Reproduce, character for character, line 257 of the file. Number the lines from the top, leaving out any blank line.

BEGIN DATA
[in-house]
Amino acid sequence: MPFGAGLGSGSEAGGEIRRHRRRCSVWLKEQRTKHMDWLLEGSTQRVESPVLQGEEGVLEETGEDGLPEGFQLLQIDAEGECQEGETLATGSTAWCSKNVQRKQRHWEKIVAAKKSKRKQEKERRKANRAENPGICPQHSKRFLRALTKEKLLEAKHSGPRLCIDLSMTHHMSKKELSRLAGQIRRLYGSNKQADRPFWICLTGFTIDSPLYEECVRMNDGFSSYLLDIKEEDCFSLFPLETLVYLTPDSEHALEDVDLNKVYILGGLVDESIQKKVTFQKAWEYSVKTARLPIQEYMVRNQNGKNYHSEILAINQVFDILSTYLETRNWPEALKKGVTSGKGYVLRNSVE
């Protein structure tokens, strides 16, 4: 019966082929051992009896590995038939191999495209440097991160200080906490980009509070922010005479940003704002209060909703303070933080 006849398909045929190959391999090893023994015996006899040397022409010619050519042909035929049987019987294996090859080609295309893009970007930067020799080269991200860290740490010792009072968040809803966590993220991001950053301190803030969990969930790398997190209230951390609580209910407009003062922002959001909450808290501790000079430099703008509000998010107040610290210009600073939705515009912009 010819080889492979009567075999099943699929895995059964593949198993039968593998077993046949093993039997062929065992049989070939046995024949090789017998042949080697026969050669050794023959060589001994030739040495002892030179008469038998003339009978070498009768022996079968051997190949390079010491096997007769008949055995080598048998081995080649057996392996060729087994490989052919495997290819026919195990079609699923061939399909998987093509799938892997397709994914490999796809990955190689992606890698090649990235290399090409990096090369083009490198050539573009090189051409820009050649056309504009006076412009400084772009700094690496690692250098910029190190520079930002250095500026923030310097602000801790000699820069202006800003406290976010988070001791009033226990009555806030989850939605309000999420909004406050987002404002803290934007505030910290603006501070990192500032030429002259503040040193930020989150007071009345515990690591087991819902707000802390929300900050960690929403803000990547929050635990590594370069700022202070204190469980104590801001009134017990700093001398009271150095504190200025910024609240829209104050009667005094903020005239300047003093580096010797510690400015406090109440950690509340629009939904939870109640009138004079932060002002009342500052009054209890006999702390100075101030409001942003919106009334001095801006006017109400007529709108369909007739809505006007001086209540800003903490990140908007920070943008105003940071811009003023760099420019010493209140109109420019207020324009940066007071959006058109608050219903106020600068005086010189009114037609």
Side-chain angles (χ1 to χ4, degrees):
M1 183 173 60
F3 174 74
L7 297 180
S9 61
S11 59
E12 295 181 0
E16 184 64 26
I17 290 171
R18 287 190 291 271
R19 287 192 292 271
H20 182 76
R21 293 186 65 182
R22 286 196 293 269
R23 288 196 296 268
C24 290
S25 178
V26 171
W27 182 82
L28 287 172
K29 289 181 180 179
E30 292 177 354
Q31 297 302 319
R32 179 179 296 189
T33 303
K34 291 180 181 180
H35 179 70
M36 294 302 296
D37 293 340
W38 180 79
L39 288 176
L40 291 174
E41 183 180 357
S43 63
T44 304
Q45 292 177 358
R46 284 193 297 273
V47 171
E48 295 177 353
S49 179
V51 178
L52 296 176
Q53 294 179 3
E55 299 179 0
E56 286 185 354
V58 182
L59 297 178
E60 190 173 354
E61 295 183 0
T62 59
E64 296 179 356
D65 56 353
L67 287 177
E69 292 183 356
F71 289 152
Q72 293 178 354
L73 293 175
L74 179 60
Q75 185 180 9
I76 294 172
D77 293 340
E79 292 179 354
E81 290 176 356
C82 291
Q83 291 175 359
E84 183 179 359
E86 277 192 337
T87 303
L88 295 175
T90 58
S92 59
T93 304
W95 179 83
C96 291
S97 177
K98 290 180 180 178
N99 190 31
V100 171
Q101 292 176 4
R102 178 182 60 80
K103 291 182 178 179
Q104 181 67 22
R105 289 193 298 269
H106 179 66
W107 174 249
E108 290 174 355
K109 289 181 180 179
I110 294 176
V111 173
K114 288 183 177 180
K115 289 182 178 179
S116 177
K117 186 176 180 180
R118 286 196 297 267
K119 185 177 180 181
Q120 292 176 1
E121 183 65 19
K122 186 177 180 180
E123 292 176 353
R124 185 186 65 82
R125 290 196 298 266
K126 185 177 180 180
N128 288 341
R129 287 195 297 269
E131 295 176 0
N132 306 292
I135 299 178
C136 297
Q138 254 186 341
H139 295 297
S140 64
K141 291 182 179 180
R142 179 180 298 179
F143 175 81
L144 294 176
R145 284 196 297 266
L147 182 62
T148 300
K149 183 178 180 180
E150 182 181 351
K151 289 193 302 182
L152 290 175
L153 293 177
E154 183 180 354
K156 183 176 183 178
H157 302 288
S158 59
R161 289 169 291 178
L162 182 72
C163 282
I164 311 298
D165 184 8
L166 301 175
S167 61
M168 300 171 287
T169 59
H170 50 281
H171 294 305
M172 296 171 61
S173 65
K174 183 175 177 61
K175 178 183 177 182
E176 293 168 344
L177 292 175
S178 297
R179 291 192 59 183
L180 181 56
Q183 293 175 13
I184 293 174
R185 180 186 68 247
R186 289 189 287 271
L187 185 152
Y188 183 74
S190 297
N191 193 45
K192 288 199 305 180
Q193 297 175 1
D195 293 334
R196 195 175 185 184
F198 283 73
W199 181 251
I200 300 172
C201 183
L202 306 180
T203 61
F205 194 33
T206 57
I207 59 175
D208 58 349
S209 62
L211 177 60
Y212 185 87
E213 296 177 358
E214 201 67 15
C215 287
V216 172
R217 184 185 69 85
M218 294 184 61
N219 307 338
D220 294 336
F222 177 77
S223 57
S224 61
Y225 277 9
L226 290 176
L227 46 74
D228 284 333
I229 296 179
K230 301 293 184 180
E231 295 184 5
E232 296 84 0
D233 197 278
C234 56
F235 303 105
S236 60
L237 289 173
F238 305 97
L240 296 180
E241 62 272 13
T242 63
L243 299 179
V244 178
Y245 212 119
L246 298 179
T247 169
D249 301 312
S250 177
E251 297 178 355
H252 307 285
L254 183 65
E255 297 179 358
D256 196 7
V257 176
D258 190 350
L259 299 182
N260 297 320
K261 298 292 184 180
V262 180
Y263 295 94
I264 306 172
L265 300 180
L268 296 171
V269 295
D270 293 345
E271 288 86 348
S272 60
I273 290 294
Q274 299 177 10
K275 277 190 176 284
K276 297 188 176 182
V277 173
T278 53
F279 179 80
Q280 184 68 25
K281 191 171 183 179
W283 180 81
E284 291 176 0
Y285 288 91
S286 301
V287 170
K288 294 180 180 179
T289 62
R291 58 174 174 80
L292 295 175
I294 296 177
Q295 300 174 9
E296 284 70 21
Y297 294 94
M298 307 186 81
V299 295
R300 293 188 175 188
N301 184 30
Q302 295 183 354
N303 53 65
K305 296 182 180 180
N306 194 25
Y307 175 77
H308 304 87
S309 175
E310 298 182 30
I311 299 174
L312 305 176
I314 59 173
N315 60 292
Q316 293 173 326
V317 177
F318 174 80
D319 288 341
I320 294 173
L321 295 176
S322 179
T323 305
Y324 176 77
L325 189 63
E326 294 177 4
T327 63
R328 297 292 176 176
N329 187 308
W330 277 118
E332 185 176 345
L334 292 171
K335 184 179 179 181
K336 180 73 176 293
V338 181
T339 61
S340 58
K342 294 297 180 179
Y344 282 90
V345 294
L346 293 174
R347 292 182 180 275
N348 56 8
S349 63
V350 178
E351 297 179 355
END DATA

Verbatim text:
N303 53 65